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Cuban Doctors in Garissa and Mandera withdrawn as families of abducted seek answers

By Mercy Adhiambo and Abdimalik Hajir | April 14th 2019 at 12:00:00 GMT +0300

Cuban doctors who were abducted by suspected Al-shabaab militants. [File, Standard]

A day after two Cuban doctors were abducted in Mandera, their counterparts in Garissa and Wajir counties were withdrawn. 

Security was beefed up in Mandera as security personnel surveyed the area on foot and air, even as the locals dispatched elders to Somalia in a bid to negotiate for the release of the doctors, Landy Rodriquez and Assel Herrera Correa. 

The Cuban doctors working in Garissa and Wajir left for Nairobi yesterday, as the search for their colleagues intensified.

Garissa OCPD Aaron Morasae said the team from Garissa left on Saturday morning, and it was not clear when they will return.

A visit to the Garissa referral hospital confirmed that the doctors had not reported to work and neither were they in their houses. 

Garissa Deputy Governor Abdi Dagane Muhumed said they have had concerns about the security of the Cuban doctors. He said they have had to make regular changes on their security, including moving them to different houses.

They also have had to increase bodyguards to escort the doctors, Mr Muhumed said.

“We had to tighten the security around the doctors and make a lot of changes so that they are not exposed to risk,” he said.

Wajir Governor Abdi Mohamud said they were directed to evacuate the two Cuban doctors to Nairobi following a national security advisory.

In Mandera, elders were on Friday sent to Somalia to trace and hold talks with the abductors, believed to be members of terror group Al Shabaab. Insiders revealed that the victims were alive and were being moved from one place to another.

The search

At the same time, the Inspector General of Police, Hilary Mutyambai, held a crisis meeting with security officials in his office yesterday following the attack.

Police spokesman Charles Owino said the National Security Advisory Committee reviewed the operational status on the kidnapping of Dr Correa and Dr Rodriguez.

“Concerted efforts are being made for their search and rescue by a multinational agency team. The team has also briefed Health, Interior and Defense CSs,” he said in a statement to newsrooms.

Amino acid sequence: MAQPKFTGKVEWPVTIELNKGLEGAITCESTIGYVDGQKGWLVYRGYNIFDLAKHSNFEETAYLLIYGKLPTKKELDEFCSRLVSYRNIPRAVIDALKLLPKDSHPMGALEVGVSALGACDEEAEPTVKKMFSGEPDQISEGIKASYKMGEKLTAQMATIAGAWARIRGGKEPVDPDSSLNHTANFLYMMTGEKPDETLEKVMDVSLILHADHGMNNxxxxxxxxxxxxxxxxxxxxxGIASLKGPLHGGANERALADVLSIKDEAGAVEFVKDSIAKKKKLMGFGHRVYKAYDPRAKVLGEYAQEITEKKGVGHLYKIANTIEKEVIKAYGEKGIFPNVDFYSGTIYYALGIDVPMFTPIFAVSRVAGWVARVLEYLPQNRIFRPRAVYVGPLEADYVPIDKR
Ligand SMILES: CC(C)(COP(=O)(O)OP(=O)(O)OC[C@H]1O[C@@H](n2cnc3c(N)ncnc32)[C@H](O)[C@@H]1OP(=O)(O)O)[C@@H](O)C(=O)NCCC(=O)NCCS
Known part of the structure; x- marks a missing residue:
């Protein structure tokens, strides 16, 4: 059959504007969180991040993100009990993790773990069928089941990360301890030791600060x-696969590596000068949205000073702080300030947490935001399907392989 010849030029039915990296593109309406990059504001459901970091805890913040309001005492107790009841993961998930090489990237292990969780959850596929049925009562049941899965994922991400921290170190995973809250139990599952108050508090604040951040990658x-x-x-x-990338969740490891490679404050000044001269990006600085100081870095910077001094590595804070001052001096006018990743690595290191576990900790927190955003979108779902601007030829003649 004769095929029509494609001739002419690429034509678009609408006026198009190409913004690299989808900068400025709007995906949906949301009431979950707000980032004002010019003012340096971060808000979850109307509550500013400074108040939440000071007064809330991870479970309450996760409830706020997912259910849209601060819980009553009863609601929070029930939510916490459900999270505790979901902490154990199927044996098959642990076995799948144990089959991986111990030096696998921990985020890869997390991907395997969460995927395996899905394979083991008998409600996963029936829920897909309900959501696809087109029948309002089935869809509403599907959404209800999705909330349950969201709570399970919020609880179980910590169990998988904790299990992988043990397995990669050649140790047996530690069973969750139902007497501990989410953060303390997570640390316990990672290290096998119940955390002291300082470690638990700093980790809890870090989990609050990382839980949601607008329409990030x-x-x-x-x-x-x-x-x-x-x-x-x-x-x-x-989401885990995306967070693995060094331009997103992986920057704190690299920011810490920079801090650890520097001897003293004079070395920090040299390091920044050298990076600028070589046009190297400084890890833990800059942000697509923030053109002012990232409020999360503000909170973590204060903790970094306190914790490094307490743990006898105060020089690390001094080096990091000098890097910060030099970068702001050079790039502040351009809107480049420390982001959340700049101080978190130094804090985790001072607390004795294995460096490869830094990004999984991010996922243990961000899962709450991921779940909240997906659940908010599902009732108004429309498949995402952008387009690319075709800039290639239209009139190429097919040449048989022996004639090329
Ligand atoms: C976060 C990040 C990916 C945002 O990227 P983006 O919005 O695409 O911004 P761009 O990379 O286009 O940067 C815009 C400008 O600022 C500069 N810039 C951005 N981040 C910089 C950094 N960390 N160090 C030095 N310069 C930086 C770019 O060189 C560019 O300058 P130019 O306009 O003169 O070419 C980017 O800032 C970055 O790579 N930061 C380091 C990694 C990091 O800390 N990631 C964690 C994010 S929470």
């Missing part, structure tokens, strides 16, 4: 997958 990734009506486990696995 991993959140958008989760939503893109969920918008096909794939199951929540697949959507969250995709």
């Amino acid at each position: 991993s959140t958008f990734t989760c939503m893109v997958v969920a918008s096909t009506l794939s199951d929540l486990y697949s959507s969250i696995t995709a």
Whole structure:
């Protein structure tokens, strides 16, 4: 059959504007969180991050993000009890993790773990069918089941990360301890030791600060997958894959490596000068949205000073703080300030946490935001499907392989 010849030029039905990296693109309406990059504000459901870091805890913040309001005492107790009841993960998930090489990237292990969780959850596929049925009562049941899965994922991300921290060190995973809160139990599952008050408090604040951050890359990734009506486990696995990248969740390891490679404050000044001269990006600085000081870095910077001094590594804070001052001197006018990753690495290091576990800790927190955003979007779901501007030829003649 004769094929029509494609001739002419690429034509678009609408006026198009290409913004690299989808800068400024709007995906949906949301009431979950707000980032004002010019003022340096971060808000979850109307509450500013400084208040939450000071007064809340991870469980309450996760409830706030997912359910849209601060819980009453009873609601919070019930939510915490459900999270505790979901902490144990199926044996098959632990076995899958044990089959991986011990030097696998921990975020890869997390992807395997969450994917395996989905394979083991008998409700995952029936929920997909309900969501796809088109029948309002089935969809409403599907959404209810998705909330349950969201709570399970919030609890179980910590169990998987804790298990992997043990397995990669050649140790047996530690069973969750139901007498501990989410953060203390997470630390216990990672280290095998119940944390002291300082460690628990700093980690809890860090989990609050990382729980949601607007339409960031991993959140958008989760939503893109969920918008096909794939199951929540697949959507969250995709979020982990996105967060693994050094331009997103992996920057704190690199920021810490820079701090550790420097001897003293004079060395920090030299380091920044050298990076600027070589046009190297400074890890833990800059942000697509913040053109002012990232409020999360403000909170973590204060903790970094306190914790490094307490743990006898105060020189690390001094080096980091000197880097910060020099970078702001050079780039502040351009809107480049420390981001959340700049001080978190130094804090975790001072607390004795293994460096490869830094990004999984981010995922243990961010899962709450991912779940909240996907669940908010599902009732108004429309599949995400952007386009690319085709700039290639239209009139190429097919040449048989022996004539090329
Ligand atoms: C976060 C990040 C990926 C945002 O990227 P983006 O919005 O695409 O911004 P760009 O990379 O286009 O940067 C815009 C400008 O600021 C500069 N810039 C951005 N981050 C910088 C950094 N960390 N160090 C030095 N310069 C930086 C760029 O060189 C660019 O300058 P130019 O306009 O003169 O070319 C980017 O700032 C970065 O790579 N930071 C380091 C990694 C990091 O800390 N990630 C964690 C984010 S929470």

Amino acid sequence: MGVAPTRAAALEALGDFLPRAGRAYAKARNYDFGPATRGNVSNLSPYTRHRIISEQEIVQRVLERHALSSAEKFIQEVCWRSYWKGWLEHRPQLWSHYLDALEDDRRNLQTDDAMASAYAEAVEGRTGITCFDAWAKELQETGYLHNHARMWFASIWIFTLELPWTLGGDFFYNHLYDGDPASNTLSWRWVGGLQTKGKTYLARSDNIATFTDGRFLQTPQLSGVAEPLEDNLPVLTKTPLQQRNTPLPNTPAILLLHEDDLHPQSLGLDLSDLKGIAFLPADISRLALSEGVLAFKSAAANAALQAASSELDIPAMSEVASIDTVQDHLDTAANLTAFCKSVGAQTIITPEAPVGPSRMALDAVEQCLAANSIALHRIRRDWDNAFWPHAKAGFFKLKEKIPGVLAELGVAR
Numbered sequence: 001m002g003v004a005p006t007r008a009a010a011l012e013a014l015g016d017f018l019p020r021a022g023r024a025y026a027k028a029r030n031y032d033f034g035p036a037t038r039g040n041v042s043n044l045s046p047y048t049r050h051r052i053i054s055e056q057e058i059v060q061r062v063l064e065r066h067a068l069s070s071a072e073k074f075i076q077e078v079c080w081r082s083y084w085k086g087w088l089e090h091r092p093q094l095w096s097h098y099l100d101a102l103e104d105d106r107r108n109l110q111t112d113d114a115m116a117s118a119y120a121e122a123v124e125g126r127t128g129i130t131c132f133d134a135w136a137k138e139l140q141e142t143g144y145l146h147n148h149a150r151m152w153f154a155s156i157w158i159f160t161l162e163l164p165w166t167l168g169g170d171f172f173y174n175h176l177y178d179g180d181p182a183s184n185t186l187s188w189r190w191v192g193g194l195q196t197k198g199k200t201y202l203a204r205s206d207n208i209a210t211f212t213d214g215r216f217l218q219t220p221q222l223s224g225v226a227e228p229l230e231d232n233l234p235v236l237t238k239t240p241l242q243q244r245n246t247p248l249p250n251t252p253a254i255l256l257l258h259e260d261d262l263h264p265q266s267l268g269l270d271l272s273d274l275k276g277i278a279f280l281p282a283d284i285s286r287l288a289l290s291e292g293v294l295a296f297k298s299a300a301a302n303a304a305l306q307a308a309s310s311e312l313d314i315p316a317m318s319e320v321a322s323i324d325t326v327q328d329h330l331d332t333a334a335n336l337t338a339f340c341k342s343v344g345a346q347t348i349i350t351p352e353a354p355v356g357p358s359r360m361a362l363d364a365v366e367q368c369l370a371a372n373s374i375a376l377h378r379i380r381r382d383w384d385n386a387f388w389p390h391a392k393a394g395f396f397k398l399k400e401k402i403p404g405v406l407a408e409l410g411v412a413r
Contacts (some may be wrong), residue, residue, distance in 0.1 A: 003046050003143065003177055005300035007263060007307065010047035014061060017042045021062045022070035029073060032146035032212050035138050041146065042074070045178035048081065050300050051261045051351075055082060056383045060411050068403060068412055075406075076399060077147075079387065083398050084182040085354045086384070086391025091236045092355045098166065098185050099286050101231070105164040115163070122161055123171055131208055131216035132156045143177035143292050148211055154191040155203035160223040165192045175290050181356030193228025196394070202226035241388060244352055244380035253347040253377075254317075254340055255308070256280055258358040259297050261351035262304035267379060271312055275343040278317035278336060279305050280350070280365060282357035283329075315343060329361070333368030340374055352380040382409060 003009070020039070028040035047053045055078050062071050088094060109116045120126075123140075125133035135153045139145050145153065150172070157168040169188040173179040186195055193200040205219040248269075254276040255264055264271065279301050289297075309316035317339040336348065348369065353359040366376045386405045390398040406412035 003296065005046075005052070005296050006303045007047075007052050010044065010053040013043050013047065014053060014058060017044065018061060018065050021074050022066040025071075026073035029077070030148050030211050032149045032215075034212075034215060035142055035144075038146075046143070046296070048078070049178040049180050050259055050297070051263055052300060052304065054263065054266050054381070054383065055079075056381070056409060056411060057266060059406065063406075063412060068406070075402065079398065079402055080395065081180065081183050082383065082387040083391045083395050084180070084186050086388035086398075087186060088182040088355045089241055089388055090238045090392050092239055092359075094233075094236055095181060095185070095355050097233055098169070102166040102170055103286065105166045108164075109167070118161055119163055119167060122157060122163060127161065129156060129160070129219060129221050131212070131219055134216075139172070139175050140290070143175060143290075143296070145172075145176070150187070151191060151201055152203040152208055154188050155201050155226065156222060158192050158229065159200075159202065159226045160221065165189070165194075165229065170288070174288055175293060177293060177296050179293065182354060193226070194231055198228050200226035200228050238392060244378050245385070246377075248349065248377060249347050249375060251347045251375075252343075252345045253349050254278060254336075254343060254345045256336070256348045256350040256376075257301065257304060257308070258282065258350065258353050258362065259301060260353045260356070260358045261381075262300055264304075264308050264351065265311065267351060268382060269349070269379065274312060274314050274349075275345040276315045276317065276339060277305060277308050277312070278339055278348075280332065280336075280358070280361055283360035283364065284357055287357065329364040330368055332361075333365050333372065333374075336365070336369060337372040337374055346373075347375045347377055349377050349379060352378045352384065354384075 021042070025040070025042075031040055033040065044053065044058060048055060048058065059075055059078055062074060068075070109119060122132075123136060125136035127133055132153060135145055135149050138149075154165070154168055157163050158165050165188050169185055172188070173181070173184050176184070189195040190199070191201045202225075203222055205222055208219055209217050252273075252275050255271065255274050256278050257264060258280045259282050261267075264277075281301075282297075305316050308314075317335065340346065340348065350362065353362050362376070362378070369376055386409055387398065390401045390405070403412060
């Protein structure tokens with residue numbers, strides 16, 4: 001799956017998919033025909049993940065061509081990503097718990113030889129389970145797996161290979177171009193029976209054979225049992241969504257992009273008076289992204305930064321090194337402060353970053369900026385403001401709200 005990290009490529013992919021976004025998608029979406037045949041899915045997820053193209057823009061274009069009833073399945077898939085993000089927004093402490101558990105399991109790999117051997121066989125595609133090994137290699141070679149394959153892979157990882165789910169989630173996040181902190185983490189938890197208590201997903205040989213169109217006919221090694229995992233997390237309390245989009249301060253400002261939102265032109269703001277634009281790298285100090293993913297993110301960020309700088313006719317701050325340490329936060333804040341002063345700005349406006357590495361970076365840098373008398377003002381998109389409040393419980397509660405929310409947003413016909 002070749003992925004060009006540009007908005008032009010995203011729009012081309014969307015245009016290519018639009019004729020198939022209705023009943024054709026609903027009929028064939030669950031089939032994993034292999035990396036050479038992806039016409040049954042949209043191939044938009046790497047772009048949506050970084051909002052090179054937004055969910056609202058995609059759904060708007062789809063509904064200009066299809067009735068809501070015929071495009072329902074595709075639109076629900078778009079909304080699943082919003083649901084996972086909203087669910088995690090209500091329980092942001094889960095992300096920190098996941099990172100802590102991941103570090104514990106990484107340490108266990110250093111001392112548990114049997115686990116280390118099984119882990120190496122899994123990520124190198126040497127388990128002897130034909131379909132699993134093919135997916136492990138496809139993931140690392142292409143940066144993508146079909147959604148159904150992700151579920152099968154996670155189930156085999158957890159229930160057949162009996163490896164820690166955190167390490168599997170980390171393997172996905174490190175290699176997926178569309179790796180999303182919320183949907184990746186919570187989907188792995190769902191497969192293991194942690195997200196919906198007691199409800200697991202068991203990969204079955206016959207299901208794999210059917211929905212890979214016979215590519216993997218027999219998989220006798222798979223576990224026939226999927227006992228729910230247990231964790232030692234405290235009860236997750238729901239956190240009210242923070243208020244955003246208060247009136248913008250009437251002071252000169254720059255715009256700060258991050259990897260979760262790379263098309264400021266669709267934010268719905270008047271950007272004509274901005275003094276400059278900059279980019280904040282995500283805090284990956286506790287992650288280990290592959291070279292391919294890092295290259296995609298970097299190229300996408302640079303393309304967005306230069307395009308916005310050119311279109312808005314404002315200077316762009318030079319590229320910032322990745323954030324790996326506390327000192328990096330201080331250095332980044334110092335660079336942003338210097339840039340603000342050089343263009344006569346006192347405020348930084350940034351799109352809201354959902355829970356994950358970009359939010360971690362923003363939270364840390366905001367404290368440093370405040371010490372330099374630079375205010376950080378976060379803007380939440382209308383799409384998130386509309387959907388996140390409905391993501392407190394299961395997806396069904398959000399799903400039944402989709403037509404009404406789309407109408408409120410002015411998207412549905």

Intelligence has also been heightened and at least two choppers under the command of a brigadier are leading the rescue mission as the Mandera regional commissioner led ground security officers.

In Cuba, the families of the abducted doctors anxiously waited for details of the recovery mission. Sheyla Herrera, 17-year-old daughter to Dr Correa, expressed frustration at the Cuban ministry of public health for not telling them what is going on.

She says before the abduction, she would talk to her father every day and was often enthusiastic to share the medical experience gathered in the field. The last time they talked was on Thursday.

“I do not know anything,” she told the Cuban press. She said the family had not received communication about her father’s condition, or what measures were being taken to return him home safely.

Mr Owino said Health CS Sicily Kariuki was in touch with her counterpart in Cuba, who is also receiving regular briefs on ongoing efforts to locate and rescue the doctors.  

The Cuban Public Health officials said they were in touch with the Kenyan authorities and had created a “governmental working group” to follow up on the sensitive issue.

Rodríguez is married and has a five-year-old daughter. 

A total of 100 Cuban doctors came to Kenya in June last year to boost provision of health services in a government-to-government programme which has seen 50 Kenyan medics dispatched to the Caribbean nation.

The decision by President Kenyatta to engage the Cuban government is expected to play a key role in efforts to transform healthcare. 

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